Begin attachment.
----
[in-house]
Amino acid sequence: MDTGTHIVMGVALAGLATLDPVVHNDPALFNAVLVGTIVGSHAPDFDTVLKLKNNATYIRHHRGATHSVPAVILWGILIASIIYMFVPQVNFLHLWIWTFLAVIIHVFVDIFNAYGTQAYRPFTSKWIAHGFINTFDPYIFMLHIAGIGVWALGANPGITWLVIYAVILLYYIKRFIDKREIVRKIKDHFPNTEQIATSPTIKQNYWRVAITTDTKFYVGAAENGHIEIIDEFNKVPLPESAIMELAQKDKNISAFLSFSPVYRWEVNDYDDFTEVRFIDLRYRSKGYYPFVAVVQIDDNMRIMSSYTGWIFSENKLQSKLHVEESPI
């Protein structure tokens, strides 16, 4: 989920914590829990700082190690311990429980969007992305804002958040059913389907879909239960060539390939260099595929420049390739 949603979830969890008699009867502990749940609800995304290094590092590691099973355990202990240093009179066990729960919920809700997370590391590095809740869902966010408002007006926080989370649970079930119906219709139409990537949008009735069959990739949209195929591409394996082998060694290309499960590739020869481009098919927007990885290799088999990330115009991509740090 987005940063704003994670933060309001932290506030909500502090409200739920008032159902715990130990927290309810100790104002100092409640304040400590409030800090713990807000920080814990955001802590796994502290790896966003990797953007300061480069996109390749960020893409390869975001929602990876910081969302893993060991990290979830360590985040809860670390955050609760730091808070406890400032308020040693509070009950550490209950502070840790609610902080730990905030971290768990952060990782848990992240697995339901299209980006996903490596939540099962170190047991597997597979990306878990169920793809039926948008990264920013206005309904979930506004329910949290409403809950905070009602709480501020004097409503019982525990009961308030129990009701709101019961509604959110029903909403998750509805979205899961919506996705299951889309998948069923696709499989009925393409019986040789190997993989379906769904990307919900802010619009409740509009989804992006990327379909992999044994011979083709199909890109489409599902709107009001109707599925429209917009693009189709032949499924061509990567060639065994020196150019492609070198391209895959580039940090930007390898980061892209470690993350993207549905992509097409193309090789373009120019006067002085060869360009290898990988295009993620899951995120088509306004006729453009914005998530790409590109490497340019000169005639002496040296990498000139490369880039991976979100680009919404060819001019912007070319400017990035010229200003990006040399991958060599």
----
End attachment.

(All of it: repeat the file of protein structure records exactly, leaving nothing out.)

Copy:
[in-house]
Amino acid sequence: MDTGTHIVMGVALAGLATLDPVVHNDPALFNAVLVGTIVGSHAPDFDTVLKLKNNATYIRHHRGATHSVPAVILWGILIASIIYMFVPQVNFLHLWIWTFLAVIIHVFVDIFNAYGTQAYRPFTSKWIAHGFINTFDPYIFMLHIAGIGVWALGANPGITWLVIYAVILLYYIKRFIDKREIVRKIKDHFPNTEQIATSPTIKQNYWRVAITTDTKFYVGAAENGHIEIIDEFNKVPLPESAIMELAQKDKNISAFLSFSPVYRWEVNDYDDFTEVRFIDLRYRSKGYYPFVAVVQIDDNMRIMSSYTGWIFSENKLQSKLHVEESPI
């Protein structure tokens, strides 16, 4: 989920914590829990700082190690311990429980969007992305804002958040059913389907879909239960060539390939260099595929420049390739 949603979830969890008699009867502990749940609800995304290094590092590691099973355990202990240093009179066990729960919920809700997370590391590095809740869902966010408002007006926080989370649970079930119906219709139409990537949008009735069959990739949209195929591409394996082998060694290309499960590739020869481009098919927007990885290799088999990330115009991509740090 987005940063704003994670933060309001932290506030909500502090409200739920008032159902715990130990927290309810100790104002100092409640304040400590409030800090713990807000920080814990955001802590796994502290790896966003990797953007300061480069996109390749960020893409390869975001929602990876910081969302893993060991990290979830360590985040809860670390955050609760730091808070406890400032308020040693509070009950550490209950502070840790609610902080730990905030971290768990952060990782848990992240697995339901299209980006996903490596939540099962170190047991597997597979990306878990169920793809039926948008990264920013206005309904979930506004329910949290409403809950905070009602709480501020004097409503019982525990009961308030129990009701709101019961509604959110029903909403998750509805979205899961919506996705299951889309998948069923696709499989009925393409019986040789190997993989379906769904990307919900802010619009409740509009989804992006990327379909992999044994011979083709199909890109489409599902709107009001109707599925429209917009693009189709032949499924061509990567060639065994020196150019492609070198391209895959580039940090930007390898980061892209470690993350993207549905992509097409193309090789373009120019006067002085060869360009290898990988295009993620899951995120088509306004006729453009914005998530790409590109490497340019000169005639002496040296990498000139490369880039991976979100680009919404060819001019912007070319400017990035010229200003990006040399991958060599």